After Tamerlane: The Rise and Fall of Global Empires, 1400-2000

Submitted byFHMaster onSat, 01/07/2017 - 13:08

"Tamerlane, the Ottomans, the Mughals, the Manchus, the British, the Japanese, the Nazis, and the Soviets: All built empires meant to last forever; all were to fail. But, as John Darwin shows in this magisterial book, their empire-building created the world we know today.

From the death of Tamerlane in 1405, to America's rise to world "hyperpower," to the resurgence of China and India as global economic powers, After Tamerlane is a grand historical narrative that offers a new perspective on the past, present, and future of empires.

Context is Everything

Submitted byFHMaster onFri, 01/06/2017 - 18:44

Context is everything!

It seems that when we Americans review our history, we tend to think that our history is independent of external events or influences. For example, the settlement of the Jamestown and Plymouth colonies are viewed from hindsight, without consideration of the events in Europe that affected them.

A more accurate and honest appraisal of the early English settlement efforts in the Americas would have to include at least the following considerations:

The Jamestown and Plymouth colonies were not the earliest European settlements in North America.
The Puritan establishment of New England as a theocratic state was deeply affected by both the English Civil War (1638-1646) and the European Wars of Religion that stretched from approximately 1520-1650.
The Tidewater and South Carolina colonies were deeply affected by the English Civil War, but in opposite ways from New England.

One of the oddest patterns of historical perspective that we have in the USA is to believe that only New England and Jamestown were important historical events. We discount or ignore the fact that other nations settled in the region (broadly defined) and that the English were relative late-comers. For example:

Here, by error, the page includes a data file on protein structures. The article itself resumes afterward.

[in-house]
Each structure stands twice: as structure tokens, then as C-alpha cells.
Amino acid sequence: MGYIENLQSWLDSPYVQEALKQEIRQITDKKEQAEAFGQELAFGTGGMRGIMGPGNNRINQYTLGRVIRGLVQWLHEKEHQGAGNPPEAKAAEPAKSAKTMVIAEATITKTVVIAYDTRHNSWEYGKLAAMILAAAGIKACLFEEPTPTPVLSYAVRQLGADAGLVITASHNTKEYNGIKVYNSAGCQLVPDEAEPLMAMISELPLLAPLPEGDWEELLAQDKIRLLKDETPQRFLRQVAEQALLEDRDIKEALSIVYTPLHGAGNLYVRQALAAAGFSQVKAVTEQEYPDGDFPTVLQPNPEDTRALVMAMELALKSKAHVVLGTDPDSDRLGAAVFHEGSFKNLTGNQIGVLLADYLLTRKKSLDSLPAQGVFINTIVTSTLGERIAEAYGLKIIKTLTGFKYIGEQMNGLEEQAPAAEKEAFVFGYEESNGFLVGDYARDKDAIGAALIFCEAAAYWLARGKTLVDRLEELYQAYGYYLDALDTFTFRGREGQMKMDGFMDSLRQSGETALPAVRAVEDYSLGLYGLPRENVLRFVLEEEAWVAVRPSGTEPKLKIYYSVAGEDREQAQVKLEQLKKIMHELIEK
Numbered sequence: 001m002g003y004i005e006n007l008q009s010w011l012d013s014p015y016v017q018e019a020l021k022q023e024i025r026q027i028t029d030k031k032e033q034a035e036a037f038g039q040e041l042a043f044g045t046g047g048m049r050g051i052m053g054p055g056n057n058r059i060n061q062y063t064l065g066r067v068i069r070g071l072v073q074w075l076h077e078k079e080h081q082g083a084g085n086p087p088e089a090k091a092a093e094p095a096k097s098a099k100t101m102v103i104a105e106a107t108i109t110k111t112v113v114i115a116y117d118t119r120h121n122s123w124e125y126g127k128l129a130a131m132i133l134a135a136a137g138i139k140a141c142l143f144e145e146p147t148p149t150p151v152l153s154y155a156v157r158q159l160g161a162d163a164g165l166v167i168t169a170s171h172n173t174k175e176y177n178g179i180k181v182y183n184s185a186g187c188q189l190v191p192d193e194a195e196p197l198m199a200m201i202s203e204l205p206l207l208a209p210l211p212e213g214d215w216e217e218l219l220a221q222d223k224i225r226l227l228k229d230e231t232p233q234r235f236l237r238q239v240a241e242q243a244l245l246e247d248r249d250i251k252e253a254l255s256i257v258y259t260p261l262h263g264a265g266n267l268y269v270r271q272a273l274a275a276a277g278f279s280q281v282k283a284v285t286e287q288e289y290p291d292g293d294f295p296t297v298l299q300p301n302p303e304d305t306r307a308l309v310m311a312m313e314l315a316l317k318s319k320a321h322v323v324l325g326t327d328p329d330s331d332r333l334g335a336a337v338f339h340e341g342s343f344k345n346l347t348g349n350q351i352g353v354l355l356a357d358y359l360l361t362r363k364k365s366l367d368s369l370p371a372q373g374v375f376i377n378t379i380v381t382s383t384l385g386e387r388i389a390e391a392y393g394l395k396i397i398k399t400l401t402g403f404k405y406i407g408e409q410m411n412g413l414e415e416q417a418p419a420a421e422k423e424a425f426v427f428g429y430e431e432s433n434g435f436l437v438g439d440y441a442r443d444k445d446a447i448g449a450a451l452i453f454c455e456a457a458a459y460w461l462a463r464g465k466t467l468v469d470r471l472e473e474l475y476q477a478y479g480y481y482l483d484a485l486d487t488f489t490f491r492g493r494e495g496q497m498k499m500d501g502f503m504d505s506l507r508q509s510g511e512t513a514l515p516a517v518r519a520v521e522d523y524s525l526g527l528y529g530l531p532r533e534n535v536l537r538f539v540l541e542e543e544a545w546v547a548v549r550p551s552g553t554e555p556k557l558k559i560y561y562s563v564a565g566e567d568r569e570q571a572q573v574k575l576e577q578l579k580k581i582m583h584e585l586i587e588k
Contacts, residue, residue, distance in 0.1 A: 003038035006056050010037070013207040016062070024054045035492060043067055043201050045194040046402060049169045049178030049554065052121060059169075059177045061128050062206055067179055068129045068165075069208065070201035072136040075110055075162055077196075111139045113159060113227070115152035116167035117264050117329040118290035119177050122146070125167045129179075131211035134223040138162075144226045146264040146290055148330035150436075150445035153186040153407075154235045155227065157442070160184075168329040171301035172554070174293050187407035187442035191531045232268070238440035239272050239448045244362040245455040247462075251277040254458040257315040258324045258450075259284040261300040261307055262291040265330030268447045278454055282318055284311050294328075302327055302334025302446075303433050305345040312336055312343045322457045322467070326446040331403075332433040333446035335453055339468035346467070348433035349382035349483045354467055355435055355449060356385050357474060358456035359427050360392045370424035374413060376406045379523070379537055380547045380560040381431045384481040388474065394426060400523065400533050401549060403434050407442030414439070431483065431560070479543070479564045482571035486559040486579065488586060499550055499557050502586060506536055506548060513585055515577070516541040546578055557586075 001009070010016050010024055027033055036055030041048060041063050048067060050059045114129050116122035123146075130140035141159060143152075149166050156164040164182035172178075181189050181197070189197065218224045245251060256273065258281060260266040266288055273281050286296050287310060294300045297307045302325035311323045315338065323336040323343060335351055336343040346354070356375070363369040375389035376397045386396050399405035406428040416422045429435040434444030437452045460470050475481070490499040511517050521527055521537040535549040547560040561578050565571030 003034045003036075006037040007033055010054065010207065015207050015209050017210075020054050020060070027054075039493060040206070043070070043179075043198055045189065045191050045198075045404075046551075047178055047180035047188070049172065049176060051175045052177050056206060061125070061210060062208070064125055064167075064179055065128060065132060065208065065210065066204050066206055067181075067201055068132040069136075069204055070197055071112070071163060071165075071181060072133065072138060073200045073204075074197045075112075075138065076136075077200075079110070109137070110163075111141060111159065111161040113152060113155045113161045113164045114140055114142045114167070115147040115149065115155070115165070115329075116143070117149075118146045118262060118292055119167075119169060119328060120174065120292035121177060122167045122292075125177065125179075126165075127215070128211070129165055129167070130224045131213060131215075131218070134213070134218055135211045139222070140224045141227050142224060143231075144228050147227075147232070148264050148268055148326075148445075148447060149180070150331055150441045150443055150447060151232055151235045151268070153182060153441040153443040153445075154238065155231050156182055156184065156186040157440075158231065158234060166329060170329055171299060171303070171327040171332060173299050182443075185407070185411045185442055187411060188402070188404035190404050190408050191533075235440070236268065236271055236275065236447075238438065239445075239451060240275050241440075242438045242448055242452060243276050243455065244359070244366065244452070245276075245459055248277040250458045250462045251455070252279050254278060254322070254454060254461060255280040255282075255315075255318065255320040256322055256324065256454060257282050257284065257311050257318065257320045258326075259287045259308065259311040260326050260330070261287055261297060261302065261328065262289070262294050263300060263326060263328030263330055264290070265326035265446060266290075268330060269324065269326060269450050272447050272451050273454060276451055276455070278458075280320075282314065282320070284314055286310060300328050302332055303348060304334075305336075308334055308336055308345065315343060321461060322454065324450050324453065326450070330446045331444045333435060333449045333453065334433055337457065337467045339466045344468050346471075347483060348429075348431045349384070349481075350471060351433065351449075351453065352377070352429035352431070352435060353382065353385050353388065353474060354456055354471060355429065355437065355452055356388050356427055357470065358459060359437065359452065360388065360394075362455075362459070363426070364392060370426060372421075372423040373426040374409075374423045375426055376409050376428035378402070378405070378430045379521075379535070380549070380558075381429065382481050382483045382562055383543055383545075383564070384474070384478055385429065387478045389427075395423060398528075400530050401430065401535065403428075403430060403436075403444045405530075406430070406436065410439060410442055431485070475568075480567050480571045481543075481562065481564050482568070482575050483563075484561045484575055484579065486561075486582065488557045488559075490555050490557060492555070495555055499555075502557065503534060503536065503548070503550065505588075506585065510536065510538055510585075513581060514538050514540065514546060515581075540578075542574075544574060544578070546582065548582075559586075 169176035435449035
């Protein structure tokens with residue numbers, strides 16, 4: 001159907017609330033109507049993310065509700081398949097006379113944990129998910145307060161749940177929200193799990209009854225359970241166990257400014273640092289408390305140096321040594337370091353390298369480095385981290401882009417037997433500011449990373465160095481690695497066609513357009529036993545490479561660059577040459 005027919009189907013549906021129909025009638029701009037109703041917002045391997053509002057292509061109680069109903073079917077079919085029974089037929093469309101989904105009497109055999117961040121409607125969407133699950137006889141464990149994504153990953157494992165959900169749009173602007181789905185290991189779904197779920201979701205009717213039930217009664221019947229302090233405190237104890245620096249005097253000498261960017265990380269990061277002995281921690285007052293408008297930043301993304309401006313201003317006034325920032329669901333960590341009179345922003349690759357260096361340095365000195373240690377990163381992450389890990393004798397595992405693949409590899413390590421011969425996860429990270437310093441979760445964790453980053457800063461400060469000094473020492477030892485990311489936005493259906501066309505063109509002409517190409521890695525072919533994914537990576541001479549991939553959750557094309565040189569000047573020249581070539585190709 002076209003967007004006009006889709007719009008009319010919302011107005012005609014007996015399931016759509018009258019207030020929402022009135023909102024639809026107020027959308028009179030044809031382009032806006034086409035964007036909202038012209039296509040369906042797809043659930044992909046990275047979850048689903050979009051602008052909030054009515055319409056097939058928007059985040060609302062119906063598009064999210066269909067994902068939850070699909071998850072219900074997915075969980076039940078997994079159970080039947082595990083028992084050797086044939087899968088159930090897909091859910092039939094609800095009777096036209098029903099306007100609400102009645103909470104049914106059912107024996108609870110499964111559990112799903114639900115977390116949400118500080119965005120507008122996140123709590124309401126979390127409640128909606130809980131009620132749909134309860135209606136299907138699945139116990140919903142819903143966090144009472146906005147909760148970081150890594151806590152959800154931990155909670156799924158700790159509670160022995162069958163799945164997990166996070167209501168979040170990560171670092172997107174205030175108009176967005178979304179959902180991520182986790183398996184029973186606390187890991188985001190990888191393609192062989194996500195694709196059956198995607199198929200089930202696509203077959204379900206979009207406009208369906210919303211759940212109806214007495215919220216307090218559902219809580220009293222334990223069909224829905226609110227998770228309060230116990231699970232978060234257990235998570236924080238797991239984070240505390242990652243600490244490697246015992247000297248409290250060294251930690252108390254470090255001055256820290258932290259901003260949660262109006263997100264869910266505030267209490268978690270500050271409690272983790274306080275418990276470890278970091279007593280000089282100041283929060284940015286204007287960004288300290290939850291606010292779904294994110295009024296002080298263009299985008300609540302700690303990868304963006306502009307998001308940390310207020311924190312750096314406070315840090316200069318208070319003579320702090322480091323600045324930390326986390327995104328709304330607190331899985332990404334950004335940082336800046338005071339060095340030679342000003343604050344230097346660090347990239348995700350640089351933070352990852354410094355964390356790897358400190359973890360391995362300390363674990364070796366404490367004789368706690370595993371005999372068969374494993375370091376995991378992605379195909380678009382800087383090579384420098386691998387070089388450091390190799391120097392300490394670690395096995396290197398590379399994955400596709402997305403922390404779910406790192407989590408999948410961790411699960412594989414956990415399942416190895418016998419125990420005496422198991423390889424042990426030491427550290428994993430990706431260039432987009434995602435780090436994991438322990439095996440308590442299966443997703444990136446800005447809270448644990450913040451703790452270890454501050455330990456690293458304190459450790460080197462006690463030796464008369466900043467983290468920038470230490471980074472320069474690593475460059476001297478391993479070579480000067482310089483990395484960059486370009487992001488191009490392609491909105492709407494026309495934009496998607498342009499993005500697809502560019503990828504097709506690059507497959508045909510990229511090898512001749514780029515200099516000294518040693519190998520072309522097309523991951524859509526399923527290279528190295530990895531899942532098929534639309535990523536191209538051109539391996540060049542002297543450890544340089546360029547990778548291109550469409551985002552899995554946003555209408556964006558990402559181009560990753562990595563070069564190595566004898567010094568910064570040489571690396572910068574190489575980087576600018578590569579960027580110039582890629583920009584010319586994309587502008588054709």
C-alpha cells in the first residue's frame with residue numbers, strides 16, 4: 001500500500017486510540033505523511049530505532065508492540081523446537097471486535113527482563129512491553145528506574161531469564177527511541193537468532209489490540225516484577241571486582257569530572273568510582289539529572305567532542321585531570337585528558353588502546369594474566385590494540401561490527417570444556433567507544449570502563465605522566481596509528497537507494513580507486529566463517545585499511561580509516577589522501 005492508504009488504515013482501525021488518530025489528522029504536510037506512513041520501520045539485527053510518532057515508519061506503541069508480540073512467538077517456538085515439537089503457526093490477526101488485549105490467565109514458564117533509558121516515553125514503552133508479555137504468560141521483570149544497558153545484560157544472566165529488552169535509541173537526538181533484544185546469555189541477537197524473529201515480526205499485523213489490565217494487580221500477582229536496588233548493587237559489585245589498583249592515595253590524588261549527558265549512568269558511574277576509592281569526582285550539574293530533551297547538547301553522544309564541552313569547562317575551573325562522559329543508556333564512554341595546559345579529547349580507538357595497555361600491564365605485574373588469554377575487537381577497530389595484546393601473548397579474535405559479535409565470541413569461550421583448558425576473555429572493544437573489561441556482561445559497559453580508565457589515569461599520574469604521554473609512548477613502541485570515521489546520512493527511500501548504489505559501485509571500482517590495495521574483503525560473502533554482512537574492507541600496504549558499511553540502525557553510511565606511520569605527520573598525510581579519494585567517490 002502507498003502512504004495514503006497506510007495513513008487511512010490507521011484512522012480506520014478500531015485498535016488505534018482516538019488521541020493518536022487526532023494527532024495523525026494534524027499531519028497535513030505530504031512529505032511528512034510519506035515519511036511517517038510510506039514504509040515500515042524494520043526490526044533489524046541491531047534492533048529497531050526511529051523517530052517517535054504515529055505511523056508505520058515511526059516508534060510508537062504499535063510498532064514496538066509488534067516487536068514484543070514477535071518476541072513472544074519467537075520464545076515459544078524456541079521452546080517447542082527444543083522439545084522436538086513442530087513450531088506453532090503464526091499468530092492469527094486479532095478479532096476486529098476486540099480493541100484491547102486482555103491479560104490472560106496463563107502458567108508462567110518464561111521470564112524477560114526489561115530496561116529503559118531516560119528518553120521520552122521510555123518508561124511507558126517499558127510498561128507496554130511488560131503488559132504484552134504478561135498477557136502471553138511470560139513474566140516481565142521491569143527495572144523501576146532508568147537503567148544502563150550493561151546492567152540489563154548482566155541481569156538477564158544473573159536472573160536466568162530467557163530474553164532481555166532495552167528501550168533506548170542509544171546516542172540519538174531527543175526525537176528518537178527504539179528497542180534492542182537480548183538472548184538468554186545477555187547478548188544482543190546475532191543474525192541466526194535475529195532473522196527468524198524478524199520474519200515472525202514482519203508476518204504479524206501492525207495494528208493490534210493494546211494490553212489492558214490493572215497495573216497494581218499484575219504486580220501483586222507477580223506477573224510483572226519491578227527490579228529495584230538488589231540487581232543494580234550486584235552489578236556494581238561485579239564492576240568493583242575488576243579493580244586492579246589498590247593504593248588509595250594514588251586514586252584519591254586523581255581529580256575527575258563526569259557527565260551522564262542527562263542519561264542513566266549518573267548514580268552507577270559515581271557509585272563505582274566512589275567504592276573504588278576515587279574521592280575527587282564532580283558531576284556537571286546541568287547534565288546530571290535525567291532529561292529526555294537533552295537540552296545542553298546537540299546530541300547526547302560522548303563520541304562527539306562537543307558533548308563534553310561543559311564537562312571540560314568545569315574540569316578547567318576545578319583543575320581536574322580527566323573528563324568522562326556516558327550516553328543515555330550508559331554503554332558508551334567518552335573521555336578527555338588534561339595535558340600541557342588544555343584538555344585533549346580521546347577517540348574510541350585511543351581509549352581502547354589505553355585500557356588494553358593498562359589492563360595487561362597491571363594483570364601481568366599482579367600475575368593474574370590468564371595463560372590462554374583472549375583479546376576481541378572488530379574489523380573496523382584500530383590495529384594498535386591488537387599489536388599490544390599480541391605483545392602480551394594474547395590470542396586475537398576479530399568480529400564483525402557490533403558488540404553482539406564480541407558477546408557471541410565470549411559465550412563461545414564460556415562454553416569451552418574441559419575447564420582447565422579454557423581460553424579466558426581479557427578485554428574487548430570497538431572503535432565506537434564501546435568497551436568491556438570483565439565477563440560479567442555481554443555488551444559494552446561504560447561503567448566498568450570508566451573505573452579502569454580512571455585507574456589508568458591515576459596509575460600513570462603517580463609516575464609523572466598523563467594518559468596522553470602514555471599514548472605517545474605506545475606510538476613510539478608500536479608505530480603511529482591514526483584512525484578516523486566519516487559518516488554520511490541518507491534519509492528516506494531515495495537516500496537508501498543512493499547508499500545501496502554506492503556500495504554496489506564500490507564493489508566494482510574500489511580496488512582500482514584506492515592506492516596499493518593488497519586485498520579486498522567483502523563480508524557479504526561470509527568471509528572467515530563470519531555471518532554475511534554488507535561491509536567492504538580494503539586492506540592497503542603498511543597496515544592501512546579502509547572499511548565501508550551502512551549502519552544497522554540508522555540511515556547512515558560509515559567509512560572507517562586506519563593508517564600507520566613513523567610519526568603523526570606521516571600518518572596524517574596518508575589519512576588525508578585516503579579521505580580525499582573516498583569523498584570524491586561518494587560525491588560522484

Fort Pentagouet (Castine, Maine) was settled by the French 7 years (1613) before the Plymouth Colony was established (1620).
Port-Royal, the capital of the province of Acadia, was established by the French in 1605. A British force from Virginia attacked Port-Royal and burned down the town in 1613, but it was rebuilt nearby.
San Miguel de Gualdape was a short-lived settlement from 1526, probably in GA.
St. Augustine in Florida was founded by the Spanish in September 1565 and is the oldest continuously occupied European-established settlement and port in the continental United States.
Charlesfort was founded by the French in 1562 at what is now Parris Island, SC, and replaced by the Spanish settlement of Santa Elena in 1566.
Ft. Caroline was established by the French at what is now Jacksonville, FL in 1564, but was destroyed by the Spanish soon after. It was intended to be a refuge for Huguenots.
Anastasia Island, FL was built as a lighthouse in approximately 1566 (or after) and was attacked by Sir Francis Drake (English) in 1586.
Fort San Juan, a Spanish outlier settlement in NC, in 1567.

So, as you can see, the Eastern seaboard was a veritable beehive of activity, as the European sea powers explored, tested the market, and attempted to settle North America. The Spanish were first, the French on what is now Canada were second, and the English a distant third. That's if you don't count the Vikings from several hundred years before.